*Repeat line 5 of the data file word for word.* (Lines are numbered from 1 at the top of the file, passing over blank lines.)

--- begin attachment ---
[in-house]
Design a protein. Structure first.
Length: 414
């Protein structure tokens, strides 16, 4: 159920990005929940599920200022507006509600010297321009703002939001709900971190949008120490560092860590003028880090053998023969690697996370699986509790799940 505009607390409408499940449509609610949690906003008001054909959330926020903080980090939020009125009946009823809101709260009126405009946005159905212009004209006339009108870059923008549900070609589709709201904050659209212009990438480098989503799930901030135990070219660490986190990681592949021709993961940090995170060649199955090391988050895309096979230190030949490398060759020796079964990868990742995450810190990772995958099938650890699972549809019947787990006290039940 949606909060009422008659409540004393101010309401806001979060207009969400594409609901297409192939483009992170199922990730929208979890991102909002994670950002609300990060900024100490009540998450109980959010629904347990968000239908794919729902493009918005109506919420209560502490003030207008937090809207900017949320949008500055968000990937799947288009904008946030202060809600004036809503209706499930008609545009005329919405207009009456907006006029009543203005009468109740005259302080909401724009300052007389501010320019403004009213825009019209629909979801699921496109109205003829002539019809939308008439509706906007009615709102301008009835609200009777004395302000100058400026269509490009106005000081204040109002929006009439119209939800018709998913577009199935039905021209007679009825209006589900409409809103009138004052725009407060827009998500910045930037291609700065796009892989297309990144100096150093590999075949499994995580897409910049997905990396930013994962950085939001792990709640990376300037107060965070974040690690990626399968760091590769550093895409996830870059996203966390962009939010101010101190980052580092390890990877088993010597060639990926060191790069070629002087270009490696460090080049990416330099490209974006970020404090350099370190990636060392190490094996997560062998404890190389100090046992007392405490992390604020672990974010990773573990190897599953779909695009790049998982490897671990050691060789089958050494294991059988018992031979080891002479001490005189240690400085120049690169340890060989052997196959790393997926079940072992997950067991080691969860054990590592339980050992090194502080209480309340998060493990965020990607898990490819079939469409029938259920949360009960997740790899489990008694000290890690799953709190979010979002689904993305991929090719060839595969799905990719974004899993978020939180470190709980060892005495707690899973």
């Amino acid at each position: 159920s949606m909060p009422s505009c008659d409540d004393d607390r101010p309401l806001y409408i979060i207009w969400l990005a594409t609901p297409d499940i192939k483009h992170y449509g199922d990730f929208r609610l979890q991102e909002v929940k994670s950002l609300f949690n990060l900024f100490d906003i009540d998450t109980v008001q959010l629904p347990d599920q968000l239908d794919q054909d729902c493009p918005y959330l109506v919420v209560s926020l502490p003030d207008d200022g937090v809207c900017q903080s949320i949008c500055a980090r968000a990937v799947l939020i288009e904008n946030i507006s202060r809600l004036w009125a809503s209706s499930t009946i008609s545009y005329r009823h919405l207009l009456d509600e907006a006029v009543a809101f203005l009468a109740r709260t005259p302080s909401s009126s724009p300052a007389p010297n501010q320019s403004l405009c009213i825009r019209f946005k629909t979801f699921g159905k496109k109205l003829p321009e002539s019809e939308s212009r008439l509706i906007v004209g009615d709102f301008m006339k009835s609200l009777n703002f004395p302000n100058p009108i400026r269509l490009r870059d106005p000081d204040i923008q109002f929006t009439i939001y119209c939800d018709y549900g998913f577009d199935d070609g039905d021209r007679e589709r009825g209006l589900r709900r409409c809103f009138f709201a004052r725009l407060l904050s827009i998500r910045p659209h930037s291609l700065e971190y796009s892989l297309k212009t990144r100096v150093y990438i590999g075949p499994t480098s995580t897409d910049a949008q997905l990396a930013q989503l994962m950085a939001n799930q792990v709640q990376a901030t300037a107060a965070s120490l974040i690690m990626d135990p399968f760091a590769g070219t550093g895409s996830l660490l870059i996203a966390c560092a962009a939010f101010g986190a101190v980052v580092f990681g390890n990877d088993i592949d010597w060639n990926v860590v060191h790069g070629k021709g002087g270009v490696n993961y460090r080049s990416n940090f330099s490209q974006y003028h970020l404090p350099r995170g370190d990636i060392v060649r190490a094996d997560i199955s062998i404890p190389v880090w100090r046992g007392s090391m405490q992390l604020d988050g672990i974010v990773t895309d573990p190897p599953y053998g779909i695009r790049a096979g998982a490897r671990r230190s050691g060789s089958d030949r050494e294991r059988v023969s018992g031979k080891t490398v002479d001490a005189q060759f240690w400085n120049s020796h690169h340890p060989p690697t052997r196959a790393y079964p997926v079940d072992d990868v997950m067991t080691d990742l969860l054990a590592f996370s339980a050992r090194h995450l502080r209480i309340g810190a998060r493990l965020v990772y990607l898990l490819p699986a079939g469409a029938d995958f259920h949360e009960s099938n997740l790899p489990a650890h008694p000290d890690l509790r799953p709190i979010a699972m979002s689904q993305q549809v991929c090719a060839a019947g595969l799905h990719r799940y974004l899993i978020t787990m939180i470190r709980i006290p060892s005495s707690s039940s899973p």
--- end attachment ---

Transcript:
């Amino acid at each position: 159920s949606m909060p009422s505009c008659d409540d004393d607390r101010p309401l806001y409408i979060i207009w969400l990005a594409t609901p297409d499940i192939k483009h992170y449509g199922d990730f929208r609610l979890q991102e909002v929940k994670s950002l609300f949690n990060l900024f100490d906003i009540d998450t109980v008001q959010l629904p347990d599920q968000l239908d794919q054909d729902c493009p918005y959330l109506v919420v209560s926020l502490p003030d207008d200022g937090v809207c900017q903080s949320i949008c500055a980090r968000a990937v799947l939020i288009e904008n946030i507006s202060r809600l004036w009125a809503s209706s499930t009946i008609s545009y005329r009823h919405l207009l009456d509600e907006a006029v009543a809101f203005l009468a109740r709260t005259p302080s909401s009126s724009p300052a007389p010297n501010q320019s403004l405009c009213i825009r019209f946005k629909t979801f699921g159905k496109k109205l003829p321009e002539s019809e939308s212009r008439l509706i906007v004209g009615d709102f301008m006339k009835s609200l009777n703002f004395p302000n100058p009108i400026r269509l490009r870059d106005p000081d204040i923008q109002f929006t009439i939001y119209c939800d018709y549900g998913f577009d199935d070609g039905d021209r007679e589709r009825g209006l589900r709900r409409c809103f009138f709201a004052r725009l407060l904050s827009i998500r910045p659209h930037s291609l700065e971190y796009s892989l297309k212009t990144r100096v150093y990438i590999g075949p499994t480098s995580t897409d910049a949008q997905l990396a930013q989503l994962m950085a939001n799930q792990v709640q990376a901030t300037a107060a965070s120490l974040i690690m990626d135990p399968f760091a590769g070219t550093g895409s996830l660490l870059i996203a966390c560092a962009a939010f101010g986190a101190v980052v580092f990681g390890n990877d088993i592949d010597w060639n990926v860590v060191h790069g070629k021709g002087g270009v490696n993961y460090r080049s990416n940090f330099s490209q974006y003028h970020l404090p350099r995170g370190d990636i060392v060649r190490a094996d997560i199955s062998i404890p190389v880090w100090r046992g007392s090391m405490q992390l604020d988050g672990i974010v990773t895309d573990p190897p599953y053998g779909i695009r790049a096979g998982a490897r671990r230190s050691g060789s089958d030949r050494e294991r059988v023969s018992g031979k080891t490398v002479d001490a005189q060759f240690w400085n120049s020796h690169h340890p060989p690697t052997r196959a790393y079964p997926v079940d072992d990868v997950m067991t080691d990742l969860l054990a590592f996370s339980a050992r090194h995450l502080r209480i309340g810190a998060r493990l965020v990772y990607l898990l490819p699986a079939g469409a029938d995958f259920h949360e009960s099938n997740l790899p489990a650890h008694p000290d890690l509790r799953p709190i979010a699972m979002s689904q993305q549809v991929c090719a060839a019947g595969l799905h990719r799940y974004l899993i978020t787990m939180i470190r709980i006290p060892s005495s707690s039940s899973p």